In Israel, the Winner is… Democracy

Summary: Israeli citizens came out to vote on March 17, 2015. The winner in the midst of the total chaos in the Middle East, was once again, democracy.

 

The turbulent Middle East got a chance to see a democracy at work.

With a civil war in Syria which has thus far claimed 220,000 lives; with the Islamic State/ISIS destroying Iraq; Yemen and Libya quickly becoming failed states; Jordan becoming a giant refugee camp; Egypt flip-flopping between elections/ military take-overs/ elections in quick succession; and Iran on the verge of building nuclear weapons, a country in the heart of the Middle east with a diverse population and set of opinions took to the polls.

Bibi victory
Likud’s Benjamin Netanyahu declaring victory

Great Voter Turnout. The 2015 Israeli election had an incredible voter turnout. The 71.8% turnout rate dwarfed the 54.9% in US 2012 presidential election and represented a sharp spike from the 67.7% 2013 Israeli turnout.

Majority in the Center. The political center captured the greatest number of votes. The center-right Likud party received 30 seats, center Kulanu had 10 seats, and center-left parties Yesh Atid with 11 and Labor got 24.  With a combined 75 seats in total (of the 120 seats in the Israeli parliament, the Knesset), Israelis predominantly voted for politically moderate parties over the more extreme right-wing and left-wing parties.

Minority representation. The Arab party, the Joint List, placed third in the election with 14 seats. The religious Jewish parties, Shas (7) and United Torah Judaism (6) had a similar total vote count.

Most Women in Parliament. The 20th Knesset will have 28 women, the greatest number ever.

Extreme parties. The far-right nationalist party Yisrael Beiteinu received 6 votes, and the far-left anti-national Arab Joint List received 14 seats. The right wing Israel Home received 8 seats and left-wing Meretz had 4 seats. The totals of 14 for the right-wing parties and 18 for the left-wing parties showed a bias for change in the fringes.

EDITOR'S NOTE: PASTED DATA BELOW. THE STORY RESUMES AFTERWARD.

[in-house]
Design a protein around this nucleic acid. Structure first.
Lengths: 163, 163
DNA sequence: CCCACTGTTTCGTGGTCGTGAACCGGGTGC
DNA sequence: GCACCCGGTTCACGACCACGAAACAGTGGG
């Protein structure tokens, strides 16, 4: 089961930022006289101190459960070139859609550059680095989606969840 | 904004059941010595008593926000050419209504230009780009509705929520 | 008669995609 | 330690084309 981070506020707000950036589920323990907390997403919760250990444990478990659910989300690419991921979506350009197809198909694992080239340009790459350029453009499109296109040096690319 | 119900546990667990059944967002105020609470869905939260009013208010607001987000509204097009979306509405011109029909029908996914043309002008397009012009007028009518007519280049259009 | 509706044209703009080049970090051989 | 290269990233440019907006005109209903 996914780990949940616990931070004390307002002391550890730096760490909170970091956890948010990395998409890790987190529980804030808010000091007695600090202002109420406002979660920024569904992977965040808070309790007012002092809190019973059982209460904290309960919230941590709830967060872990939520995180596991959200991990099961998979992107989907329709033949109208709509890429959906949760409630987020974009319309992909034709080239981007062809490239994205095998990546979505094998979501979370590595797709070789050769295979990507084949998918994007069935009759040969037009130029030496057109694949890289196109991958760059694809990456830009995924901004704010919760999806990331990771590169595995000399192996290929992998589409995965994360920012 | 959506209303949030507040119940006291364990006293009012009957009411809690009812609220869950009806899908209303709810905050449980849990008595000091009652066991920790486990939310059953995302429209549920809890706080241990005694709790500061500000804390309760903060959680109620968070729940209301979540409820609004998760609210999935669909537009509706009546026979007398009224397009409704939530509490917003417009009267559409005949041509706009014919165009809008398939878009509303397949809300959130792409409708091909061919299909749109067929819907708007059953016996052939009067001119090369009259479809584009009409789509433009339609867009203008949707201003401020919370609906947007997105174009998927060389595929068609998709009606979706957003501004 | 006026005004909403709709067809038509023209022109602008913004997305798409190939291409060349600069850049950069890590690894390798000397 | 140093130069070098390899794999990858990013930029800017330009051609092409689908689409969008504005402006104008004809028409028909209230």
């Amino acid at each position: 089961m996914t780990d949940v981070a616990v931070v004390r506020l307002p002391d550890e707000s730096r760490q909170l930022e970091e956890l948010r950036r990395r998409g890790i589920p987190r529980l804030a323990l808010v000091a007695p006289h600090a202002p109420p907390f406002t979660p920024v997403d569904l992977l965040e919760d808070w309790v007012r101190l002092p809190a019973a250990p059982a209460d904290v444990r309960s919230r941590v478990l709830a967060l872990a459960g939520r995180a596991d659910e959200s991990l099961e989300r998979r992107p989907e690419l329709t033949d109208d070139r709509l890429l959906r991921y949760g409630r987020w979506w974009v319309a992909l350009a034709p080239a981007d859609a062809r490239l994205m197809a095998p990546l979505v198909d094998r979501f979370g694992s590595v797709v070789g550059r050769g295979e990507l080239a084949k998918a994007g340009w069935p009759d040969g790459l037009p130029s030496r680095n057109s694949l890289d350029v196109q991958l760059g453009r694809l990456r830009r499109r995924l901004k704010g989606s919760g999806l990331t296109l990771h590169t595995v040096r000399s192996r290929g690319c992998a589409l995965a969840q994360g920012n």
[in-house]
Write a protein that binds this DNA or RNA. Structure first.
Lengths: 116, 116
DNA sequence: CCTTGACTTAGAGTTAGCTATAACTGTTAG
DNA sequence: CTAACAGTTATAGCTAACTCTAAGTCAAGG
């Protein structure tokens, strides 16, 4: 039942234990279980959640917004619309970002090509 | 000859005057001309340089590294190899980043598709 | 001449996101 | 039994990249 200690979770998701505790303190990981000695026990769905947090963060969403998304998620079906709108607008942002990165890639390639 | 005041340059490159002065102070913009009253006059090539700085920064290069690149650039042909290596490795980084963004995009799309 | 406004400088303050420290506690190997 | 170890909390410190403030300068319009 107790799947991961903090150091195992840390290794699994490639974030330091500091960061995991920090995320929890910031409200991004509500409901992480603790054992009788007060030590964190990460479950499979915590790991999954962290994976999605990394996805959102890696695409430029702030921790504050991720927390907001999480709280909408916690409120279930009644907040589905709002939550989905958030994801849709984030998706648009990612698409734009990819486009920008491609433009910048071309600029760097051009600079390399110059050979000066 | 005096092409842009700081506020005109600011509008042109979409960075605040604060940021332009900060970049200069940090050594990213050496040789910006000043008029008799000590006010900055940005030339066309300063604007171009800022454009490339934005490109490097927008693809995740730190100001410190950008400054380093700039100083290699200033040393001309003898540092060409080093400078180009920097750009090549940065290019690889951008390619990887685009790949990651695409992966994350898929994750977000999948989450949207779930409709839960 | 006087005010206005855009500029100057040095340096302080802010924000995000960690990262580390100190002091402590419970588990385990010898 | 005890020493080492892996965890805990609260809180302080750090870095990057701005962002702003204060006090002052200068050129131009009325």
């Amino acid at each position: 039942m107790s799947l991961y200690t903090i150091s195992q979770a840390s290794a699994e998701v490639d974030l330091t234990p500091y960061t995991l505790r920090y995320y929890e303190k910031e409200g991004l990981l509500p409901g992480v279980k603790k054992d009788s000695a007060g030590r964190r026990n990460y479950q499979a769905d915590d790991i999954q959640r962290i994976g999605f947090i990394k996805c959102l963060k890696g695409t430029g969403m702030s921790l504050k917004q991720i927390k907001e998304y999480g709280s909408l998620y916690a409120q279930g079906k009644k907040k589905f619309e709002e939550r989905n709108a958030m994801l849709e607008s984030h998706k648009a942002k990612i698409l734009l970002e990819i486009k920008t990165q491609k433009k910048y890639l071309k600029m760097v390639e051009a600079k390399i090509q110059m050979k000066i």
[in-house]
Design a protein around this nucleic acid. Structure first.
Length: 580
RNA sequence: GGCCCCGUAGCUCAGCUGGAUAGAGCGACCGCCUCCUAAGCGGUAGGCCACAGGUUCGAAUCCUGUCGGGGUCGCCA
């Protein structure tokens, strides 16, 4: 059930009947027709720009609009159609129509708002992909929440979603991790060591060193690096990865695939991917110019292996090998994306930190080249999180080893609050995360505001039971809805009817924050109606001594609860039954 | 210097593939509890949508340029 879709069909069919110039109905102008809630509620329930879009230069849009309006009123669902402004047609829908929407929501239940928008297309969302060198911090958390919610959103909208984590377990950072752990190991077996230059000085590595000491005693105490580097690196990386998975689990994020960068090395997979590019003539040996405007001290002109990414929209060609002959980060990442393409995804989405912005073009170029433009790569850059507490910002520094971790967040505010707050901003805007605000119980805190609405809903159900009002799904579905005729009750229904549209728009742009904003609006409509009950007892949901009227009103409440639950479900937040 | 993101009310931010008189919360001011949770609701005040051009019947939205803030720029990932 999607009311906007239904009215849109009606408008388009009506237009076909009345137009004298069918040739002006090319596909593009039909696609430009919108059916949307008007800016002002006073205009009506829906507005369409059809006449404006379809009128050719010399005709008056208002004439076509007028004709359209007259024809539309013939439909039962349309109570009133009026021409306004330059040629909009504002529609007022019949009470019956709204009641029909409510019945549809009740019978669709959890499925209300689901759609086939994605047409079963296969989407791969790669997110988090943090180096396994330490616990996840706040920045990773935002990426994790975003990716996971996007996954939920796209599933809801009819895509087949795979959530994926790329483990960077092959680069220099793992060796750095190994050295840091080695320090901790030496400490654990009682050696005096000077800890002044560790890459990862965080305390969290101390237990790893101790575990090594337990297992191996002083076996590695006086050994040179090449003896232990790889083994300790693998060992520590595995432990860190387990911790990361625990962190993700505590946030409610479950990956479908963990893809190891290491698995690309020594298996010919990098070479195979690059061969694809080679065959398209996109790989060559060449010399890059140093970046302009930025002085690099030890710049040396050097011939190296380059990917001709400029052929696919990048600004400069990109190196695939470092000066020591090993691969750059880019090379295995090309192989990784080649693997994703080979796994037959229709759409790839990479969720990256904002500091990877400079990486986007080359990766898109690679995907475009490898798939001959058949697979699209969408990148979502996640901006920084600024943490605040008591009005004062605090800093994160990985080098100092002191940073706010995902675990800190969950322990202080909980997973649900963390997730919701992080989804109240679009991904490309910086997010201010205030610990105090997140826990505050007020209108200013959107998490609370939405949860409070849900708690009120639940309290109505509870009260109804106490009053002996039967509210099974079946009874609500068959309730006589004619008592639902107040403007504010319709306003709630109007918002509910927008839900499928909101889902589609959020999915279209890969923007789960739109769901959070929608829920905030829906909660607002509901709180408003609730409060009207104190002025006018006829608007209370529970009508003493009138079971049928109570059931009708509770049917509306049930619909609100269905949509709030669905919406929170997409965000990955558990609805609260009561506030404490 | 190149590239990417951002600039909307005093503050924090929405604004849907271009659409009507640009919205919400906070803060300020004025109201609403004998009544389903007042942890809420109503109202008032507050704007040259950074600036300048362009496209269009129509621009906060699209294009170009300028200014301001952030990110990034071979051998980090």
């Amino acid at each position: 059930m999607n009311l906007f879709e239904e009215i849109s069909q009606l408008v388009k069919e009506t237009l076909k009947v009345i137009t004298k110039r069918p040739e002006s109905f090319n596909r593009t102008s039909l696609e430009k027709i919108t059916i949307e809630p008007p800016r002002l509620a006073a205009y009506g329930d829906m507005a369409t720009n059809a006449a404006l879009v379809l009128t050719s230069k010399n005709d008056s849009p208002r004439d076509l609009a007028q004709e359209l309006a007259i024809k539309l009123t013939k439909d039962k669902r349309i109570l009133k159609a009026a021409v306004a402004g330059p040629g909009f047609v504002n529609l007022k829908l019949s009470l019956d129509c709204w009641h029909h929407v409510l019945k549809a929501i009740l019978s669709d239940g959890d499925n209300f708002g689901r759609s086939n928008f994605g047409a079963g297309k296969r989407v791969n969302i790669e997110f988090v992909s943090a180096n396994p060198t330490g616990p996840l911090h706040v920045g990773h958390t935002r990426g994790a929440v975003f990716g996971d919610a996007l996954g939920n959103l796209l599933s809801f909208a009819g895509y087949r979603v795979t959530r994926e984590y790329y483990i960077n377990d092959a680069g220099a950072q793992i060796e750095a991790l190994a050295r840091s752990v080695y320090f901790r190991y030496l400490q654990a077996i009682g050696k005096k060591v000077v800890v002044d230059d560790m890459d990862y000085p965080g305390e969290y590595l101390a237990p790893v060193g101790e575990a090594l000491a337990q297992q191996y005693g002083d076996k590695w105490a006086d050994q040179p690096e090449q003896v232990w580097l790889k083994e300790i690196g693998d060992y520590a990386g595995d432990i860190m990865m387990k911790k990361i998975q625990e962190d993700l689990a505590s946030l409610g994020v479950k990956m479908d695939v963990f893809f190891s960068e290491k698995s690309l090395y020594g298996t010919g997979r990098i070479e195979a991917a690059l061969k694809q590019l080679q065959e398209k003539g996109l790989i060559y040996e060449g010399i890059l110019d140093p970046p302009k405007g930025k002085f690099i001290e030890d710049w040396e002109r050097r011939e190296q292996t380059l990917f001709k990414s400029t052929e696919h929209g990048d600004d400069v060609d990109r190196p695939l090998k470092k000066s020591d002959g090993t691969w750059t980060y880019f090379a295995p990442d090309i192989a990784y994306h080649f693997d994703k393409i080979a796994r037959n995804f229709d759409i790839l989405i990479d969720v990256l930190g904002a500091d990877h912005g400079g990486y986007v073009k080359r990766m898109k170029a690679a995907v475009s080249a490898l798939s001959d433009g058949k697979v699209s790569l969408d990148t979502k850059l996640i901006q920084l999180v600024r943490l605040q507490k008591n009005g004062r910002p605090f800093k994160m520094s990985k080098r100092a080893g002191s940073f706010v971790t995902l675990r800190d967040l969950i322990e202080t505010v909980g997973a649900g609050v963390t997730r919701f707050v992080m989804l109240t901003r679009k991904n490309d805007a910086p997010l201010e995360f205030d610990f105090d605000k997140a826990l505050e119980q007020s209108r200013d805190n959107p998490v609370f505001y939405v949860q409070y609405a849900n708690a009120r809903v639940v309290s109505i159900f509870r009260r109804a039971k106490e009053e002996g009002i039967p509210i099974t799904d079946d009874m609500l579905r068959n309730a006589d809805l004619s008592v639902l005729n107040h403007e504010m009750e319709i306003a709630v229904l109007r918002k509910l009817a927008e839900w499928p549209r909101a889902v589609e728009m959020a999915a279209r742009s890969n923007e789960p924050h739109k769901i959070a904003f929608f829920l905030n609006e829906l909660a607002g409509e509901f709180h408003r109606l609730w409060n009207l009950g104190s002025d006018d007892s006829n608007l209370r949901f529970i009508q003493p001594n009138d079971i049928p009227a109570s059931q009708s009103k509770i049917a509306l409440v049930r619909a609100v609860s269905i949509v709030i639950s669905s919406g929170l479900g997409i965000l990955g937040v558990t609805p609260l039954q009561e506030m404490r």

What’s Next for the Israeli Democracy.  If history proves a guide, Likud will be asked to form a coalition.  The Israeli election and transition to a new government should have many of the attributes of functioning democracies:

  • Citizens elected their representatives
    • Majority in the center
    • Minority representation
  • Smooth transition to new parliament
    • No military coup
    • No riots
  • New government will abide by past agreements

These are lessons and models for the chaotic Middle East.  Maybe one day the Palestinians will try it.


Related First One Through articles:

Abbas’s 10 year run at a 4 year presidential term: https://firstonethrough.wordpress.com/2014/09/30/the-disappointing-46-anniversary/

When Palestinians last went to the polls in 2006, they elected Hamas, an anti-Semitic jihadist party which went to war with the second place winner, Fatah. https://firstonethrough.wordpress.com/2014/09/04/its-the-democracy-stupid/

Israel, the Liberal Country in the Middle East

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19 thoughts on “In Israel, the Winner is… Democracy

    • Likud, with Netanyahu at the helm, is only centrist by comparison with the super-far right. Sort of like saying U.S. Sen. Mitch McConnell is centrist because he’said not quite as nuts as the Tea Party. The real victor, in Israel and the U.S., continues to be fear tactics.

      • Likud is in the center compared to both Yisrael Beiteinu and Jewish Home. Labor is center compared to the Arab Joint List and Meretz. The core center is Kulanu and Yesh Atid. The outer parts of center are Likud and Labor- as stated in the article. A comparison to the US doesn’t make sense since the US has a two party system so there are few shades of grey.

      • I assume your opinion is based on an in-depth analysis of the Likud’s platform and its voting pattern. Perhaps you’d care to share your analysis, so we can judge it on its merits and not just on your statement.

    • Likud, with Netanyahu at the helm, is only centrist by comparison with the super-far right. Sort of like saying U.S. Sen. Mitch McConnell is centrist because he’s not quite as nuts as the Tea Party. The real victor, in Israel and the U.S., continues to be fear tactics.